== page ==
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The above shows the result of a survey conducted to young working adults from Generation Y, the demographic group known for the most socially conscious consumption to date. This phenomenon can also be explained by the famous social identity theory proposed by the British social psychologist Henri Tajfel, who said that the groups which people belonged to were an important source of pride and self-esteem, giving individuals a sense of belonging to the social world. He said that to increase an individual’s self-image, one had to first enhance the status of the group in which he belonged. Organisation’s reputation in supporting socially responsible causes is definitely a major bonus point in today’s society and the importance placed on sustainability. Such reputation gives employees pride and job seekers the desire to belong to the organisation.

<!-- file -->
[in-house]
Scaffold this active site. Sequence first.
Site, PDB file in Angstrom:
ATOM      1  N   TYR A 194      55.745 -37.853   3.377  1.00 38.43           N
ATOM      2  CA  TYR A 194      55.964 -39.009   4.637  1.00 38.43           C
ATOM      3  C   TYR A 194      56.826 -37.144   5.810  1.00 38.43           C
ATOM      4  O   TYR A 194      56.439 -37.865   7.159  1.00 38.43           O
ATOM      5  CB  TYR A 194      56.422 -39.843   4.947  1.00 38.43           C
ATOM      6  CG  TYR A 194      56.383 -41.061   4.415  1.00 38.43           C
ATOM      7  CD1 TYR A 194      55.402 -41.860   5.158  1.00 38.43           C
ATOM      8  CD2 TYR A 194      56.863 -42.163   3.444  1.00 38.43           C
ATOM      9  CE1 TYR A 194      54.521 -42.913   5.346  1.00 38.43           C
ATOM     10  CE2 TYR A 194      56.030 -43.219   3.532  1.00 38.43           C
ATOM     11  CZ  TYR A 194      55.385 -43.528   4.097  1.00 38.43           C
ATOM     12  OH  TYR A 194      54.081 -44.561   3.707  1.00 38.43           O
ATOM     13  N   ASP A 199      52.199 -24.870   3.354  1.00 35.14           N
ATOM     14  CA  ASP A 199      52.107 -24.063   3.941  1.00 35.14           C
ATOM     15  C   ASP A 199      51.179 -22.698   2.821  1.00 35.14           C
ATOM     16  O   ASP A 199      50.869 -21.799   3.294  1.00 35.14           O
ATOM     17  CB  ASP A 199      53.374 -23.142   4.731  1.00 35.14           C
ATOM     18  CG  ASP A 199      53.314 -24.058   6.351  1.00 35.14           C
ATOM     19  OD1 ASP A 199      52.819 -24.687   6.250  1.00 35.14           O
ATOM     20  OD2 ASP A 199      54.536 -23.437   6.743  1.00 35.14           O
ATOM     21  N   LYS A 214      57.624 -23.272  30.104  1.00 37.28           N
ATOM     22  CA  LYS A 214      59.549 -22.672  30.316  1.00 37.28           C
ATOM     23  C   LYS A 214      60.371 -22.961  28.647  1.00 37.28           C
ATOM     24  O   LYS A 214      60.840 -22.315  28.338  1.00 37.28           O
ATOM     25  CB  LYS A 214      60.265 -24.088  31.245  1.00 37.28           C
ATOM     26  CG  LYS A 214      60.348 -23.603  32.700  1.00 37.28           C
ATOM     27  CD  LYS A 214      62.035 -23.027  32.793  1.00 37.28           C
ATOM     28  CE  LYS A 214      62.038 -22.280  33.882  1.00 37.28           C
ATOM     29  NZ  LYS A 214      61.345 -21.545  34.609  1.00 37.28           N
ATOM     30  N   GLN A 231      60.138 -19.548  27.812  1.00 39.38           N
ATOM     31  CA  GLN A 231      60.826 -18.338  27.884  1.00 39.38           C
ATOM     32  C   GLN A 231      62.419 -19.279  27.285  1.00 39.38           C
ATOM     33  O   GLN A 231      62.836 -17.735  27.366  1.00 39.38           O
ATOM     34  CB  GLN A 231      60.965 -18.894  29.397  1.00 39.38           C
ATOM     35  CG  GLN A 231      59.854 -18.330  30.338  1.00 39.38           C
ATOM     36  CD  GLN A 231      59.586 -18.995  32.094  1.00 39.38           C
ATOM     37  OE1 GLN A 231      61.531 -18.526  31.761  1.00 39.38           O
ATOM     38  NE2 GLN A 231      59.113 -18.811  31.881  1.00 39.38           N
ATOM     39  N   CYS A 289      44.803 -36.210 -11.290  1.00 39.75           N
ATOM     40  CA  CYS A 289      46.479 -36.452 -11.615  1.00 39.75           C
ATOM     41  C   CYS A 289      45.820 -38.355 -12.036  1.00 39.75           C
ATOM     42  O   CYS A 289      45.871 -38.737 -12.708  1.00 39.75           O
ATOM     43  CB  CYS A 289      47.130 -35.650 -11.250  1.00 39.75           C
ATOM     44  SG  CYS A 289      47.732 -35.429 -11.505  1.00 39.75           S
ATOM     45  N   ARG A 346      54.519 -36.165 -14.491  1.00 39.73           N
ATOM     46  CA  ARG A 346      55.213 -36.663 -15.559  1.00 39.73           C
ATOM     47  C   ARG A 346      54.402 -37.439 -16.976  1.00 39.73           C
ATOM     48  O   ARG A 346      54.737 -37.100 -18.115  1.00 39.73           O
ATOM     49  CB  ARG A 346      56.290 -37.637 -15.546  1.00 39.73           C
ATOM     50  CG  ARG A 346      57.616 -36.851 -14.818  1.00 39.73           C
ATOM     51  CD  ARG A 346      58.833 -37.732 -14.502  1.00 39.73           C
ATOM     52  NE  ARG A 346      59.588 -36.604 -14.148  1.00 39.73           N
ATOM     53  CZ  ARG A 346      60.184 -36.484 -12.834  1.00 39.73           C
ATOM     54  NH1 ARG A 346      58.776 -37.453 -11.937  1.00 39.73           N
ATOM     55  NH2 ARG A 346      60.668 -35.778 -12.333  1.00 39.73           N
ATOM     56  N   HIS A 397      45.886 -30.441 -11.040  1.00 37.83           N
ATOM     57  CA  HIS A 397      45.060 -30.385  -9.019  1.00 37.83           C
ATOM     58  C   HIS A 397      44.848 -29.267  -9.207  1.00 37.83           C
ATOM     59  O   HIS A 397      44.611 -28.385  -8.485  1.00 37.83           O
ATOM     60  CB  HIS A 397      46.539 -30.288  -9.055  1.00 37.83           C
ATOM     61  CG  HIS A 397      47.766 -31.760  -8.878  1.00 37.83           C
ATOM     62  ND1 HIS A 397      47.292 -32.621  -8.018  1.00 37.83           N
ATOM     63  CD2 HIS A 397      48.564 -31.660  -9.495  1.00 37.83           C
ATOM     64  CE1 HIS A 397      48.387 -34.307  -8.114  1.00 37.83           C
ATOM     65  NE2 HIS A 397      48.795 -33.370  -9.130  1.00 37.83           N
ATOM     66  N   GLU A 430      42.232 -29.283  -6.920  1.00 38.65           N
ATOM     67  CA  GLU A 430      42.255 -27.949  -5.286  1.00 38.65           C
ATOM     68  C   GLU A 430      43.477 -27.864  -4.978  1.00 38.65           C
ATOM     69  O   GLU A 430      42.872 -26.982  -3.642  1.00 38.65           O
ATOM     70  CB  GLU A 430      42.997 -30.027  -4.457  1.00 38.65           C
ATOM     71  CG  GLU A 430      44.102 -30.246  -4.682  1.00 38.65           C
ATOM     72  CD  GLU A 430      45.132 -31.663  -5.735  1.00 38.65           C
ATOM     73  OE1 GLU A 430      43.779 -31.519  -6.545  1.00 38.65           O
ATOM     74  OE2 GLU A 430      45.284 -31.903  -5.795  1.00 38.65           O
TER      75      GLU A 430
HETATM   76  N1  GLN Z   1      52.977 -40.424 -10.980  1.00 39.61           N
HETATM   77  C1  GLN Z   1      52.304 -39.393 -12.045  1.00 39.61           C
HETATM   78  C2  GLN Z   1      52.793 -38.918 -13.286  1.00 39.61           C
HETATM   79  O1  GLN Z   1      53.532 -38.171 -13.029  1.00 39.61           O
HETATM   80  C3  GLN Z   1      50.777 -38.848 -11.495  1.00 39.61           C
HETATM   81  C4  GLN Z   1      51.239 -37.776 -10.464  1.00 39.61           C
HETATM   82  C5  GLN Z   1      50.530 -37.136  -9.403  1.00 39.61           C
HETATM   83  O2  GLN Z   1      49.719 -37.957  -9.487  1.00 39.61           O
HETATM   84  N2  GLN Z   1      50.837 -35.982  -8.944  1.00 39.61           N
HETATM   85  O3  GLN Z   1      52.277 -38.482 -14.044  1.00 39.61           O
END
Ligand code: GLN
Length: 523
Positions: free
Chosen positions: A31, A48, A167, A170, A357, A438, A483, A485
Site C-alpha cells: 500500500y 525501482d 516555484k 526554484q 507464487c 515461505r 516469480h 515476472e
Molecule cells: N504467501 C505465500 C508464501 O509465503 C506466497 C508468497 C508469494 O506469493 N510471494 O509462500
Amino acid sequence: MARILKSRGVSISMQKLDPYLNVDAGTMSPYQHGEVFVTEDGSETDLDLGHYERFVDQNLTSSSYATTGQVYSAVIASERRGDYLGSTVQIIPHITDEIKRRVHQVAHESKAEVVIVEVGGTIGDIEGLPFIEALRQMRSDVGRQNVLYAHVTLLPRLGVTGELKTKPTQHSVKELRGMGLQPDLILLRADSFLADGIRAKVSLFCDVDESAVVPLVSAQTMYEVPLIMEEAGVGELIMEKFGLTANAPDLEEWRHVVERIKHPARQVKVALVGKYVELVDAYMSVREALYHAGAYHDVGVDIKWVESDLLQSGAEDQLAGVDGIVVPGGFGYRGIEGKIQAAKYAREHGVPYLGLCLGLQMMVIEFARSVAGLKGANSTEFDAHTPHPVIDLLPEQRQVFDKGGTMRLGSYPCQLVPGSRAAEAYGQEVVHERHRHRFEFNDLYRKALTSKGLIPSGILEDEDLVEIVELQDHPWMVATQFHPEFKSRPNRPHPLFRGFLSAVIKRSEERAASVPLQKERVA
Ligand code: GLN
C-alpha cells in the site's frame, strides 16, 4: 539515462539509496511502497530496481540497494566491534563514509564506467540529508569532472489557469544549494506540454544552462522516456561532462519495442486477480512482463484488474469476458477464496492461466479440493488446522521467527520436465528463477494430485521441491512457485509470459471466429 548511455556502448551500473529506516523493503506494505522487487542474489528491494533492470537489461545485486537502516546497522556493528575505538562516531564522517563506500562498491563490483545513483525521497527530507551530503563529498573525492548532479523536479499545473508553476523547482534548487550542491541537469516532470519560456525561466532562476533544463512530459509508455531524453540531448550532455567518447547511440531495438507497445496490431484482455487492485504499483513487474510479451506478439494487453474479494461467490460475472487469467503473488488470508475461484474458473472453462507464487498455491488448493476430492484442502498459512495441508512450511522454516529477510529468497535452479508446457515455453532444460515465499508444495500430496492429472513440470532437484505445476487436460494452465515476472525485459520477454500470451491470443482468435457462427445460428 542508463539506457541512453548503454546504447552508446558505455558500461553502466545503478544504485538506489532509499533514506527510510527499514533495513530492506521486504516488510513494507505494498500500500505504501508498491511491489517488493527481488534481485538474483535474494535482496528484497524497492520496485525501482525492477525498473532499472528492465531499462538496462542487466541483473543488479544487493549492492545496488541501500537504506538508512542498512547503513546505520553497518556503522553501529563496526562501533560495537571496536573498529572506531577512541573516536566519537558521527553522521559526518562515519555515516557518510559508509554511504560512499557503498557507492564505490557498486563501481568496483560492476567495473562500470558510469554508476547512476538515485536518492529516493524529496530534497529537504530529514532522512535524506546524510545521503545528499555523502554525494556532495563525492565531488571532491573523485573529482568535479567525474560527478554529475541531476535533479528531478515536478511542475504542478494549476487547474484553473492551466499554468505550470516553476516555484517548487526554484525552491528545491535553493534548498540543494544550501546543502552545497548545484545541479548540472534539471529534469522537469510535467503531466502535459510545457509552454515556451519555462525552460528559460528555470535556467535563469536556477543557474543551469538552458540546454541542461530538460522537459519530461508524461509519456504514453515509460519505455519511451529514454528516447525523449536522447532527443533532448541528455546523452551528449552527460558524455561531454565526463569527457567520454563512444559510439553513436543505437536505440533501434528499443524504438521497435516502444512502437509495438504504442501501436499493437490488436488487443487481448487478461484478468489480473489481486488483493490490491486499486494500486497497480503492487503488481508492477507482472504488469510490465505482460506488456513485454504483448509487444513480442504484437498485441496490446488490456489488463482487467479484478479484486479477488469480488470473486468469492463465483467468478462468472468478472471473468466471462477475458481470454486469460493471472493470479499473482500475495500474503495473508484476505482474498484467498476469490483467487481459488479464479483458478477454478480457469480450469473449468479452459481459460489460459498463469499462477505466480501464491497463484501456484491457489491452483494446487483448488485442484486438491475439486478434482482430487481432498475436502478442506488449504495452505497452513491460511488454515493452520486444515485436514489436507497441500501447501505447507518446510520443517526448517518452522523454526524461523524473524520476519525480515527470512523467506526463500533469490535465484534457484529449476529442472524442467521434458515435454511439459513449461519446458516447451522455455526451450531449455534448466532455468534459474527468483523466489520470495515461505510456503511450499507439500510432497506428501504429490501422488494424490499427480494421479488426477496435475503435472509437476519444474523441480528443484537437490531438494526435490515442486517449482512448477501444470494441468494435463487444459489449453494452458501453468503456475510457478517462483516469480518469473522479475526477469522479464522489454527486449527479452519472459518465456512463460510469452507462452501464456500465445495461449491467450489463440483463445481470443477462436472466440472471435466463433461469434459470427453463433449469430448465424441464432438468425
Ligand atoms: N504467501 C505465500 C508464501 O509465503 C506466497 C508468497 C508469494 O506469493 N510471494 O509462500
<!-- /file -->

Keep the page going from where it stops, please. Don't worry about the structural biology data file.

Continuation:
Be it the social identity theory, or the fact that we like to see fair treatment both within and outside the organisation, or the fact that we Generation Y kids are the most socially conscious consumers, there is a common understanding: CSR boosts a company’s competitiveness in terms of its reputation and social image to job seekers. So the answer to my initial question of “Does their CSR business model act in any way in attracting not just consumers, but also employees?” is yes. 

I am also interested in finding out if there are factors other than the improved organisational reputation and image due to CSR, that help to attract talents in today’s context. Intuitively, we all want to work for organisations with good reputation and image, but could there be more to CSR? I can’t wait to find out more!



Rupp, D. E., Ganapathi, J., Aguilera, R. V., & Williams, C. A. (2006). Employee reactions to corporate social responsibility: An organizational justice framework.Journal of Organizational Behavior, 27(4), 537-543